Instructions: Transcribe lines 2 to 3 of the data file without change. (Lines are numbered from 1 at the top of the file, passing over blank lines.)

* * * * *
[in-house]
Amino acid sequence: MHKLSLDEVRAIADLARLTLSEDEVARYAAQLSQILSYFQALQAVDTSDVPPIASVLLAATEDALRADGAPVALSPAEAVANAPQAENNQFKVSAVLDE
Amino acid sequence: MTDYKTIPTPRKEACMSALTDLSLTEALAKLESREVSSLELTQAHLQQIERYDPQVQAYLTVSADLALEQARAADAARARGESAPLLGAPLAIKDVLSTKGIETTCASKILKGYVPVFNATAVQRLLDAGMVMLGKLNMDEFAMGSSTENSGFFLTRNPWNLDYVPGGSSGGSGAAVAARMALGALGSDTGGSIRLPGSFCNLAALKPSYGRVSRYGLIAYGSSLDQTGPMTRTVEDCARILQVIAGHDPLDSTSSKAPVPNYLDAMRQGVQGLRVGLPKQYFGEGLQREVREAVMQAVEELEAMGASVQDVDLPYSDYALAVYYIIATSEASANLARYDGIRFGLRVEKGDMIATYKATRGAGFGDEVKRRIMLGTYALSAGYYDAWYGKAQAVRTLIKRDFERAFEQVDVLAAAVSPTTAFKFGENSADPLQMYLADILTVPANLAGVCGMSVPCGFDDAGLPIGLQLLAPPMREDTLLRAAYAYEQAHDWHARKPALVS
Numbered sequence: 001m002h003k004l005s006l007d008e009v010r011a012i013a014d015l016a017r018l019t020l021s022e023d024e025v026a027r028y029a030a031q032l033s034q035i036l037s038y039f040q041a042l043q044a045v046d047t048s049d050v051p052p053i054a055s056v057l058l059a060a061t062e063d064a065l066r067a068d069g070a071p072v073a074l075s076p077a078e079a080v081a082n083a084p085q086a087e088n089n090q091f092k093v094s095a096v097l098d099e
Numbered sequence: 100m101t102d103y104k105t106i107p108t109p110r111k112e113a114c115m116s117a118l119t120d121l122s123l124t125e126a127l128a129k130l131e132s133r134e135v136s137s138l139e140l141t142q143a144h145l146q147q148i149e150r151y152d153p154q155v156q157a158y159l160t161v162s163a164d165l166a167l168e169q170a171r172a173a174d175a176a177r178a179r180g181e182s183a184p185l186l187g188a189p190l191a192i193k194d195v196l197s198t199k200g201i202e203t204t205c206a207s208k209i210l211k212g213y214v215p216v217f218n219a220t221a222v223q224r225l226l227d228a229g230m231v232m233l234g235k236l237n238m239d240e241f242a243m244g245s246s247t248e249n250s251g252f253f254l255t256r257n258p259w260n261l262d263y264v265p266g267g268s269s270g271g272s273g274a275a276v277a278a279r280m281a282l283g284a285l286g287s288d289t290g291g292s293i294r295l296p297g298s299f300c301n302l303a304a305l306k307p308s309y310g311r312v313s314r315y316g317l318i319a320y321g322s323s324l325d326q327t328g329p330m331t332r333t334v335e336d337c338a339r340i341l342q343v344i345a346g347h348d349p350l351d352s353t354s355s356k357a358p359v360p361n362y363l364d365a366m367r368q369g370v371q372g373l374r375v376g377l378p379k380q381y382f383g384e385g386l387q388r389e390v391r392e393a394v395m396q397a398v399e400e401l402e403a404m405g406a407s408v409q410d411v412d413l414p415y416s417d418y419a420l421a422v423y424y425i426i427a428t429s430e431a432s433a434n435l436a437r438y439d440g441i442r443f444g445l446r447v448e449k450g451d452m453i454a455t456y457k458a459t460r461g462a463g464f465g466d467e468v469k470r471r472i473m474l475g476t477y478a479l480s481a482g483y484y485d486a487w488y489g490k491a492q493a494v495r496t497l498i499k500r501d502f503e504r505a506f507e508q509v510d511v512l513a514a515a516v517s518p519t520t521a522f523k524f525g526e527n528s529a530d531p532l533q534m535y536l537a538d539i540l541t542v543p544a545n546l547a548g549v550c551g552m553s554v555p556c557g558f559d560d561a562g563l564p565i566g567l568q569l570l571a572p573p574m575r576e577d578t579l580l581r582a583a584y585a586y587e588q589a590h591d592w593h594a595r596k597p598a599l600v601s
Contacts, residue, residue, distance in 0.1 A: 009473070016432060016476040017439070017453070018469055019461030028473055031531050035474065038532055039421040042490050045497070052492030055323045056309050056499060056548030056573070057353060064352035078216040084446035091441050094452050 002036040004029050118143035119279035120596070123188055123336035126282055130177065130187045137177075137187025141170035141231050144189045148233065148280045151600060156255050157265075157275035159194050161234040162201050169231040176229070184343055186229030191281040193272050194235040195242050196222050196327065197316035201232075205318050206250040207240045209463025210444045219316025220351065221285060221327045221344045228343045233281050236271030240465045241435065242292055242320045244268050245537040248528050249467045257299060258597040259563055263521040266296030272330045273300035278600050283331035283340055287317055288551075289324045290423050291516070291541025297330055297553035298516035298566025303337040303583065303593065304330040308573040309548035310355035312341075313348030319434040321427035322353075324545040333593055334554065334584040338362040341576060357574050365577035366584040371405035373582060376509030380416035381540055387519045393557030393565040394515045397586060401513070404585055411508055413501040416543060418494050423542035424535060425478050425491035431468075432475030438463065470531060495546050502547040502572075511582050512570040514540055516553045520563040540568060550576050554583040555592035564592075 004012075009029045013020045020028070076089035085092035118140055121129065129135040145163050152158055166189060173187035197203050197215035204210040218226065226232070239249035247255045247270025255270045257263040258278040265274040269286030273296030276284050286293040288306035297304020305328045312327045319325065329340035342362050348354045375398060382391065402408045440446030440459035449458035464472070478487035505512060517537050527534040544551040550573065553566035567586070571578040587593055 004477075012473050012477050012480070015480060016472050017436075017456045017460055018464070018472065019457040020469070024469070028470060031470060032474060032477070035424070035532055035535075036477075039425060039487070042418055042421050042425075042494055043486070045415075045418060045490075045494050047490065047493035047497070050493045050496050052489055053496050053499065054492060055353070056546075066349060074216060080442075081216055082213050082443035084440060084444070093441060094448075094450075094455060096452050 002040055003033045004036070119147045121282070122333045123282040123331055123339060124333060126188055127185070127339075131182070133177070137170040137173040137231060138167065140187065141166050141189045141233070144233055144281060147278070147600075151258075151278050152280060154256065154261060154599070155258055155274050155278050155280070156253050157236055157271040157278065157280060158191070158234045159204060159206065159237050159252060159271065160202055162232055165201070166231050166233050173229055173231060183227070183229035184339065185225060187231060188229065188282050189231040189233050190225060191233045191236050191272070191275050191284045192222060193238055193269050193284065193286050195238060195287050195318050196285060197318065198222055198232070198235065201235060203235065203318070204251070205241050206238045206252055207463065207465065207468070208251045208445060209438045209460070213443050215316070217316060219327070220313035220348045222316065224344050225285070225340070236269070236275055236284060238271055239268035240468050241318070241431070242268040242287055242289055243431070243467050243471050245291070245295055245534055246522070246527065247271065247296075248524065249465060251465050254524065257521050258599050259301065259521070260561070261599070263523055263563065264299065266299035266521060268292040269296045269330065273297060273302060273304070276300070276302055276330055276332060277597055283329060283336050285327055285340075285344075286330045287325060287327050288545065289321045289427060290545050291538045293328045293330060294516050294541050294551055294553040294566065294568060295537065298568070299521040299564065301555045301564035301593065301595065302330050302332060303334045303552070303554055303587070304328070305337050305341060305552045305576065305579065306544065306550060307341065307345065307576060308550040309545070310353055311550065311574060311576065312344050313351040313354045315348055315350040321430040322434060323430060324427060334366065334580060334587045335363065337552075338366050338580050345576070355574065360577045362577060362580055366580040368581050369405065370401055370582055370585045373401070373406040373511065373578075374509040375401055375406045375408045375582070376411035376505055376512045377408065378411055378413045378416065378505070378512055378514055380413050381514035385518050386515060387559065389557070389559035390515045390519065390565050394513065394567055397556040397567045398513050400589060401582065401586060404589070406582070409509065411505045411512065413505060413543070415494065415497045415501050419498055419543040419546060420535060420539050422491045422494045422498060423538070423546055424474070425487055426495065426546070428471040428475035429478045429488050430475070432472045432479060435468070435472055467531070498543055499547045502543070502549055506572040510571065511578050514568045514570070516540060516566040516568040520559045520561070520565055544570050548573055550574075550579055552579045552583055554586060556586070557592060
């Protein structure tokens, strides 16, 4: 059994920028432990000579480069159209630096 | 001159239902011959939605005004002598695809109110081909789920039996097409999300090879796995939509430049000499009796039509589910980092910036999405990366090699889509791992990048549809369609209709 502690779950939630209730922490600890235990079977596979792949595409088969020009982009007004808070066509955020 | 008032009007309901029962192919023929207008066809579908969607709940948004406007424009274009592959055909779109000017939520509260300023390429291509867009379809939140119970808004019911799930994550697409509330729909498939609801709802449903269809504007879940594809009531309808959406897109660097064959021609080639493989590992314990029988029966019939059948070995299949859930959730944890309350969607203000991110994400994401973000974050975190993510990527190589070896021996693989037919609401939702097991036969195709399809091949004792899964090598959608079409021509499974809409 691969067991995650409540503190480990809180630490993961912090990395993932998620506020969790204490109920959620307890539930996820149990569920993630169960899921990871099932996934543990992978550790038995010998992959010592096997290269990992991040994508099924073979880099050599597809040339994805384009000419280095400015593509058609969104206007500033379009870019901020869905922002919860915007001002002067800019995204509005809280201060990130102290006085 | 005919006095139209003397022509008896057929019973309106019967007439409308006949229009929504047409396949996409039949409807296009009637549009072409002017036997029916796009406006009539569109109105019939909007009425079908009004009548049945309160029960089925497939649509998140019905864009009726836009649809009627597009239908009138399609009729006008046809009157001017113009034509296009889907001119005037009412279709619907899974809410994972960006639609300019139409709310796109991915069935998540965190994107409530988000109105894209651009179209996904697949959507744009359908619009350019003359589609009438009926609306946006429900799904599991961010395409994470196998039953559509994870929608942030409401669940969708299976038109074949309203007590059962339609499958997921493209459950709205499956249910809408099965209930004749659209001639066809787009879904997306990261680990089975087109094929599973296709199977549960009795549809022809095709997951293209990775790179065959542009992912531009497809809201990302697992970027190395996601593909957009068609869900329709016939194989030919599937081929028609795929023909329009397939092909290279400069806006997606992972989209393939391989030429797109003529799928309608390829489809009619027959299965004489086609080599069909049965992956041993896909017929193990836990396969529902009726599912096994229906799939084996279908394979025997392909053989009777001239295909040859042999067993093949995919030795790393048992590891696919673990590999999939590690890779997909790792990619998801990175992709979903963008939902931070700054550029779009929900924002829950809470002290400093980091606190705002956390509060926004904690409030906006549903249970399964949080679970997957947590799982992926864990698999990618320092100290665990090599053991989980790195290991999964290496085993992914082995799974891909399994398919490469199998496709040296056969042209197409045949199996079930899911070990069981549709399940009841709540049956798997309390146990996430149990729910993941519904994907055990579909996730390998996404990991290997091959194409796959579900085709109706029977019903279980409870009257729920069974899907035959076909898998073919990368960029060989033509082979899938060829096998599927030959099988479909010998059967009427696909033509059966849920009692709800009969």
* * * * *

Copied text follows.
Amino acid sequence: MHKLSLDEVRAIADLARLTLSEDEVARYAAQLSQILSYFQALQAVDTSDVPPIASVLLAATEDALRADGAPVALSPAEAVANAPQAENNQFKVSAVLDE
Amino acid sequence: MTDYKTIPTPRKEACMSALTDLSLTEALAKLESREVSSLELTQAHLQQIERYDPQVQAYLTVSADLALEQARAADAARARGESAPLLGAPLAIKDVLSTKGIETTCASKILKGYVPVFNATAVQRLLDAGMVMLGKLNMDEFAMGSSTENSGFFLTRNPWNLDYVPGGSSGGSGAAVAARMALGALGSDTGGSIRLPGSFCNLAALKPSYGRVSRYGLIAYGSSLDQTGPMTRTVEDCARILQVIAGHDPLDSTSSKAPVPNYLDAMRQGVQGLRVGLPKQYFGEGLQREVREAVMQAVEELEAMGASVQDVDLPYSDYALAVYYIIATSEASANLARYDGIRFGLRVEKGDMIATYKATRGAGFGDEVKRRIMLGTYALSAGYYDAWYGKAQAVRTLIKRDFERAFEQVDVLAAAVSPTTAFKFGENSADPLQMYLADILTVPANLAGVCGMSVPCGFDDAGLPIGLQLLAPPMREDTLLRAAYAYEQAHDWHARKPALVS